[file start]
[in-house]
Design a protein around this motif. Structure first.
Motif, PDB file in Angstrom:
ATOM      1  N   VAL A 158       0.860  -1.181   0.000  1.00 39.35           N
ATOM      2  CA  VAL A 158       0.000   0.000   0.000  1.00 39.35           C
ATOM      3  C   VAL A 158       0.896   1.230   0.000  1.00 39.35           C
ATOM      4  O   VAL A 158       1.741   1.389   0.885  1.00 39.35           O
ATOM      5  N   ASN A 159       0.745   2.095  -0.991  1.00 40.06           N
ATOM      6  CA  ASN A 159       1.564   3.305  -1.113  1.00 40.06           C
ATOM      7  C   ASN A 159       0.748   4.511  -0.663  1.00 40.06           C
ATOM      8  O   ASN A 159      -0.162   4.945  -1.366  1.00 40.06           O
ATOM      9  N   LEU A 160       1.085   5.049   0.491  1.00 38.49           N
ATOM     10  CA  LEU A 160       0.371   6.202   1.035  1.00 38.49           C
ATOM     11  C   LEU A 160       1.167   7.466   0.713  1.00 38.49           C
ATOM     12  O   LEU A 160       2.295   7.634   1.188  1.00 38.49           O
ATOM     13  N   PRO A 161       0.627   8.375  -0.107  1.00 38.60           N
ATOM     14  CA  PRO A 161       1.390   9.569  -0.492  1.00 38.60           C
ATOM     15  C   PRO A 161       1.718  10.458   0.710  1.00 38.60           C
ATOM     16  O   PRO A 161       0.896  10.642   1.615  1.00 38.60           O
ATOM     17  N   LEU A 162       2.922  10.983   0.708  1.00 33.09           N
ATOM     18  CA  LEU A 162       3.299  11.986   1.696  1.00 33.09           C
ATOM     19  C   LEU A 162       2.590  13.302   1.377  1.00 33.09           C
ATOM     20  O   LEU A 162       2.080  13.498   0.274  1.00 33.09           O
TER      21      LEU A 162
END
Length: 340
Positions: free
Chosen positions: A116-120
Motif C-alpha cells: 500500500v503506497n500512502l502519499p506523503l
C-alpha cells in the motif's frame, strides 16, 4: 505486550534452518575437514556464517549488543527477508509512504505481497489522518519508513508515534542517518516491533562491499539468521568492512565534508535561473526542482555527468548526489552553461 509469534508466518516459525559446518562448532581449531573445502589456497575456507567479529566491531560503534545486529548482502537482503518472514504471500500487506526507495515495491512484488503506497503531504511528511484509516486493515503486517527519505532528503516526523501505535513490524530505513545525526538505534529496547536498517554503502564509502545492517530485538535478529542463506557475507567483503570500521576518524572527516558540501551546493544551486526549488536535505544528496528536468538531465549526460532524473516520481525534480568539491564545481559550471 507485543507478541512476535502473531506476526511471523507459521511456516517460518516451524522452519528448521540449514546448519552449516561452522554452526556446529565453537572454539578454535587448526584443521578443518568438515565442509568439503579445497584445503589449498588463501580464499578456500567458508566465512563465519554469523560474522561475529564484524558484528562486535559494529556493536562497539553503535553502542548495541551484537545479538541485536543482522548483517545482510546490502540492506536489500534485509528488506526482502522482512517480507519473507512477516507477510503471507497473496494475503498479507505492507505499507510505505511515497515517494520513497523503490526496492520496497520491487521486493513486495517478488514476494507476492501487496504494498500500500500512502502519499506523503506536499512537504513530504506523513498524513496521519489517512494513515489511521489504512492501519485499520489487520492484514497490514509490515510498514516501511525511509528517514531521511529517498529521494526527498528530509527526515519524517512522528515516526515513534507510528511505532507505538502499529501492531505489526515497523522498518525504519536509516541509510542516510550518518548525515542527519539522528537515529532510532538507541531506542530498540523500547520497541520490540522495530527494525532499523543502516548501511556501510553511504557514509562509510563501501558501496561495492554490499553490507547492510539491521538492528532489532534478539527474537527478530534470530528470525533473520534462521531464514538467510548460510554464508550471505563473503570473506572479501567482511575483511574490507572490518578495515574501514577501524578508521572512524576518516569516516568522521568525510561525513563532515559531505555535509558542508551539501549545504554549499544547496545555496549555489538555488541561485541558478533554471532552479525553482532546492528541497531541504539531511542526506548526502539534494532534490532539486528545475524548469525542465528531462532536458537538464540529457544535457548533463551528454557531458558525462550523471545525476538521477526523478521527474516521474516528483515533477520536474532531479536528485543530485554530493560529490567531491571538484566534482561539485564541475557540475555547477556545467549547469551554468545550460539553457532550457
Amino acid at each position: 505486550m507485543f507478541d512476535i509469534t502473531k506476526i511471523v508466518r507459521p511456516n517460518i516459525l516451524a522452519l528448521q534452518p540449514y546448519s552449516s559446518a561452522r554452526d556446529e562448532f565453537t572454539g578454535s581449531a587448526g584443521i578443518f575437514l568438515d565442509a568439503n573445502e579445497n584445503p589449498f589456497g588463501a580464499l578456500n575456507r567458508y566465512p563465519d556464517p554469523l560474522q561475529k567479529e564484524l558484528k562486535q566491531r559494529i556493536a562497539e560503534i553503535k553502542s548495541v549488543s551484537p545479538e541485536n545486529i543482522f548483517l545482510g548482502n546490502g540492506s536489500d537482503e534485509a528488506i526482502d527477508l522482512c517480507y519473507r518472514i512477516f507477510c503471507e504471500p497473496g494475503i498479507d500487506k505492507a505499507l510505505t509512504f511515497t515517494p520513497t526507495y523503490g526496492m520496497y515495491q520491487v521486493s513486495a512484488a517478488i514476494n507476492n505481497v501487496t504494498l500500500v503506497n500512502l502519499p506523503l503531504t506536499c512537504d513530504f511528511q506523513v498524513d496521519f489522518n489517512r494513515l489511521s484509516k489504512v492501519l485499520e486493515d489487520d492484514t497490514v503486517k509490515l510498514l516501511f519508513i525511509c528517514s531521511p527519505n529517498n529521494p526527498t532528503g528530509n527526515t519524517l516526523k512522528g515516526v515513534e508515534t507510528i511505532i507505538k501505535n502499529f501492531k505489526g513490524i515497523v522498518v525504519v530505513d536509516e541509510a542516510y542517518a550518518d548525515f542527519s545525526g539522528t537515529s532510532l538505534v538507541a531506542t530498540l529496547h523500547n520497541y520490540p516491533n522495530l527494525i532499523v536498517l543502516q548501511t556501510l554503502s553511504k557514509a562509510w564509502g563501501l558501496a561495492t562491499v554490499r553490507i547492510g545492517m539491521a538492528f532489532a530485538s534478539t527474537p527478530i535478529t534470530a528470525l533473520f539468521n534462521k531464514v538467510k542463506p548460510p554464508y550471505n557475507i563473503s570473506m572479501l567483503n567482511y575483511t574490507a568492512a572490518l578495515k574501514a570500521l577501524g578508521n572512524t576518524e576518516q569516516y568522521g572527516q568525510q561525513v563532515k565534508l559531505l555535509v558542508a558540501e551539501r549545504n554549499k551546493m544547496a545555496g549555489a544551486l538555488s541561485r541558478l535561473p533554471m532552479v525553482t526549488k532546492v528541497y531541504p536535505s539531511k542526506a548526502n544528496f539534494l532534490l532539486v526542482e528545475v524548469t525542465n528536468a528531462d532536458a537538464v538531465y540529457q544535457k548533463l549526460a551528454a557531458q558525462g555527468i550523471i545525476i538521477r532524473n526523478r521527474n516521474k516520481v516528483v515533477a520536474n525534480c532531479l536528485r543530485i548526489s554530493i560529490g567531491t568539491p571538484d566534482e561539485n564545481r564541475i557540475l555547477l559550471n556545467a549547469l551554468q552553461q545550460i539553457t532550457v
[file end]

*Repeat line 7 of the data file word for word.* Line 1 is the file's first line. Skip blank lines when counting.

ATOM      4  O   VAL A 158       1.741   1.389   0.885  1.00 39.35           O